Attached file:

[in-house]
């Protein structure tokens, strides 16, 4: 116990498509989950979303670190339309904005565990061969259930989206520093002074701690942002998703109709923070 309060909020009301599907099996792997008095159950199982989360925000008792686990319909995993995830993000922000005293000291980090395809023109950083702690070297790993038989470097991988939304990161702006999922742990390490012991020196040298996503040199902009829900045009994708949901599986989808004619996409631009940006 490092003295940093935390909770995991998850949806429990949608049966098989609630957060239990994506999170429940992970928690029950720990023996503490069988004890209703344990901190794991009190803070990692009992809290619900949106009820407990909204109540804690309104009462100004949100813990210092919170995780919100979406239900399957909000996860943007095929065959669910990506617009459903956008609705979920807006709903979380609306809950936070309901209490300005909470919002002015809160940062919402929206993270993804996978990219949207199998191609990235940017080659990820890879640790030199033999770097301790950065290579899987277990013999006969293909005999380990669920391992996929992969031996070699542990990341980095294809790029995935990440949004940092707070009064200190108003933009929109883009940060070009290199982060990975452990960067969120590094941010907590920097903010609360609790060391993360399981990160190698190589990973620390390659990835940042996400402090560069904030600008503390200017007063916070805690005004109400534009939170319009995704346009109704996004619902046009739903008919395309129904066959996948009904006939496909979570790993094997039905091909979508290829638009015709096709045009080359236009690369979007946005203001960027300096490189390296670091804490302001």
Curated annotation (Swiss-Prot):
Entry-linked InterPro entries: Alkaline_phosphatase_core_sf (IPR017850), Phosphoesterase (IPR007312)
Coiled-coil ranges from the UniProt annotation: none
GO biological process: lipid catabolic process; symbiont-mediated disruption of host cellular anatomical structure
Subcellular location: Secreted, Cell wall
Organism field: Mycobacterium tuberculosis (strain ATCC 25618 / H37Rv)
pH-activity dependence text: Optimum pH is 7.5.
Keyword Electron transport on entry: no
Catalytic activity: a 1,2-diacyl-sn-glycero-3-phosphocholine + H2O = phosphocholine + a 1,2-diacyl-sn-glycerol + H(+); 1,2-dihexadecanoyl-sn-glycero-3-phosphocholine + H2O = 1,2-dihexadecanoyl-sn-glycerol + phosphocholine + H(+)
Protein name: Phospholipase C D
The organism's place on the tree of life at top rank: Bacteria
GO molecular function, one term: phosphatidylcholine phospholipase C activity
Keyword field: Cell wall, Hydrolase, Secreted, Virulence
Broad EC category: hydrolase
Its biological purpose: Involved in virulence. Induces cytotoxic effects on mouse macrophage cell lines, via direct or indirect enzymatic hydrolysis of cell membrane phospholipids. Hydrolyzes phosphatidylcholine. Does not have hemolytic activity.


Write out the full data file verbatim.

[in-house]
């Protein structure tokens, strides 16, 4: 116990498509989950979303670190339309904005565990061969259930989206520093002074701690942002998703109709923070 309060909020009301599907099996792997008095159950199982989360925000008792686990319909995993995830993000922000005293000291980090395809023109950083702690070297790993038989470097991988939304990161702006999922742990390490012991020196040298996503040199902009829900045009994708949901599986989808004619996409631009940006 490092003295940093935390909770995991998850949806429990949608049966098989609630957060239990994506999170429940992970928690029950720990023996503490069988004890209703344990901190794991009190803070990692009992809290619900949106009820407990909204109540804690309104009462100004949100813990210092919170995780919100979406239900399957909000996860943007095929065959669910990506617009459903956008609705979920807006709903979380609306809950936070309901209490300005909470919002002015809160940062919402929206993270993804996978990219949207199998191609990235940017080659990820890879640790030199033999770097301790950065290579899987277990013999006969293909005999380990669920391992996929992969031996070699542990990341980095294809790029995935990440949004940092707070009064200190108003933009929109883009940060070009290199982060990975452990960067969120590094941010907590920097903010609360609790060391993360399981990160190698190589990973620390390659990835940042996400402090560069904030600008503390200017007063916070805690005004109400534009939170319009995704346009109704996004619902046009739903008919395309129904066959996948009904006939496909979570790993094997039905091909979508290829638009015709096709045009080359236009690369979007946005203001960027300096490189390296670091804490302001």
Curated annotation (Swiss-Prot):
Entry-linked InterPro entries: Alkaline_phosphatase_core_sf (IPR017850), Phosphoesterase (IPR007312)
Coiled-coil ranges from the UniProt annotation: none
GO biological process: lipid catabolic process; symbiont-mediated disruption of host cellular anatomical structure
Subcellular location: Secreted, Cell wall
Organism field: Mycobacterium tuberculosis (strain ATCC 25618 / H37Rv)
pH-activity dependence text: Optimum pH is 7.5.
Keyword Electron transport on entry: no
Catalytic activity: a 1,2-diacyl-sn-glycero-3-phosphocholine + H2O = phosphocholine + a 1,2-diacyl-sn-glycerol + H(+); 1,2-dihexadecanoyl-sn-glycero-3-phosphocholine + H2O = 1,2-dihexadecanoyl-sn-glycerol + phosphocholine + H(+)
Protein name: Phospholipase C D
The organism's place on the tree of life at top rank: Bacteria
GO molecular function, one term: phosphatidylcholine phospholipase C activity
Keyword field: Cell wall, Hydrolase, Secreted, Virulence
Broad EC category: hydrolase
Its biological purpose: Involved in virulence. Induces cytotoxic effects on mouse macrophage cell lines, via direct or indirect enzymatic hydrolysis of cell membrane phospholipids. Hydrolyzes phosphatidylcholine. Does not have hemolytic activity.